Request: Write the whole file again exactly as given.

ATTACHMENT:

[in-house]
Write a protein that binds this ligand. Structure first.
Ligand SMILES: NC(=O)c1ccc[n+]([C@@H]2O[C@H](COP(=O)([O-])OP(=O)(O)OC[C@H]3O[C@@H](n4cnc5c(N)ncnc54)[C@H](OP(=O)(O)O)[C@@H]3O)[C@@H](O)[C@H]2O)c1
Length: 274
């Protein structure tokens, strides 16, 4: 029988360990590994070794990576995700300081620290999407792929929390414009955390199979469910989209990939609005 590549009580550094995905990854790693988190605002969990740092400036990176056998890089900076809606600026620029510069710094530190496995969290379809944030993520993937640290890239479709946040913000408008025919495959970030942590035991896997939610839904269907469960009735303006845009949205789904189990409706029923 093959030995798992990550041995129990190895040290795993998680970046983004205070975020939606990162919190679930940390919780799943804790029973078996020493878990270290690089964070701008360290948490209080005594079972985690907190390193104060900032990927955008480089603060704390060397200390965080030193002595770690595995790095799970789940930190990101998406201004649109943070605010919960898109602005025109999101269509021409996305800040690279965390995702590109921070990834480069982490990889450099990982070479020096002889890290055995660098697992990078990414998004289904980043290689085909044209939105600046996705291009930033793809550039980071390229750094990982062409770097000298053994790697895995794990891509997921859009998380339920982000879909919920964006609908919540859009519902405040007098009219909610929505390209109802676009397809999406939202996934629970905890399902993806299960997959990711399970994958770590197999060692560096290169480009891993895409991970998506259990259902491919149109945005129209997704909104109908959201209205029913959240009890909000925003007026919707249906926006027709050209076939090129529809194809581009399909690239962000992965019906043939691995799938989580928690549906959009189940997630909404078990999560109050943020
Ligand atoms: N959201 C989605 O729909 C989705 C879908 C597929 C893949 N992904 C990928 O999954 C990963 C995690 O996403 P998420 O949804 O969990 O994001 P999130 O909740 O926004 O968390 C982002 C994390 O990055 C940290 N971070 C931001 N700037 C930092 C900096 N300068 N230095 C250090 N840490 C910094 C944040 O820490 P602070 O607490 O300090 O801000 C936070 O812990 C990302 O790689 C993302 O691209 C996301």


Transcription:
[in-house]
Write a protein that binds this ligand. Structure first.
Ligand SMILES: NC(=O)c1ccc[n+]([C@@H]2O[C@H](COP(=O)([O-])OP(=O)(O)OC[C@H]3O[C@@H](n4cnc5c(N)ncnc54)[C@H](OP(=O)(O)O)[C@@H]3O)[C@@H](O)[C@H]2O)c1
Length: 274
């Protein structure tokens, strides 16, 4: 029988360990590994070794990576995700300081620290999407792929929390414009955390199979469910989209990939609005 590549009580550094995905990854790693988190605002969990740092400036990176056998890089900076809606600026620029510069710094530190496995969290379809944030993520993937640290890239479709946040913000408008025919495959970030942590035991896997939610839904269907469960009735303006845009949205789904189990409706029923 093959030995798992990550041995129990190895040290795993998680970046983004205070975020939606990162919190679930940390919780799943804790029973078996020493878990270290690089964070701008360290948490209080005594079972985690907190390193104060900032990927955008480089603060704390060397200390965080030193002595770690595995790095799970789940930190990101998406201004649109943070605010919960898109602005025109999101269509021409996305800040690279965390995702590109921070990834480069982490990889450099990982070479020096002889890290055995660098697992990078990414998004289904980043290689085909044209939105600046996705291009930033793809550039980071390229750094990982062409770097000298053994790697895995794990891509997921859009998380339920982000879909919920964006609908919540859009519902405040007098009219909610929505390209109802676009397809999406939202996934629970905890399902993806299960997959990711399970994958770590197999060692560096290169480009891993895409991970998506259990259902491919149109945005129209997704909104109908959201209205029913959240009890909000925003007026919707249906926006027709050209076939090129529809194809581009399909690239962000992965019906043939691995799938989580928690549906959009189940997630909404078990999560109050943020
Ligand atoms: N959201 C989605 O729909 C989705 C879908 C597929 C893949 N992904 C990928 O999954 C990963 C995690 O996403 P998420 O949804 O969990 O994001 P999130 O909740 O926004 O968390 C982002 C994390 O990055 C940290 N971070 C931001 N700037 C930092 C900096 N300068 N230095 C250090 N840490 C910094 C944040 O820490 P602070 O607490 O300090 O801000 C936070 O812990 C990302 O790689 C993302 O691209 C996301």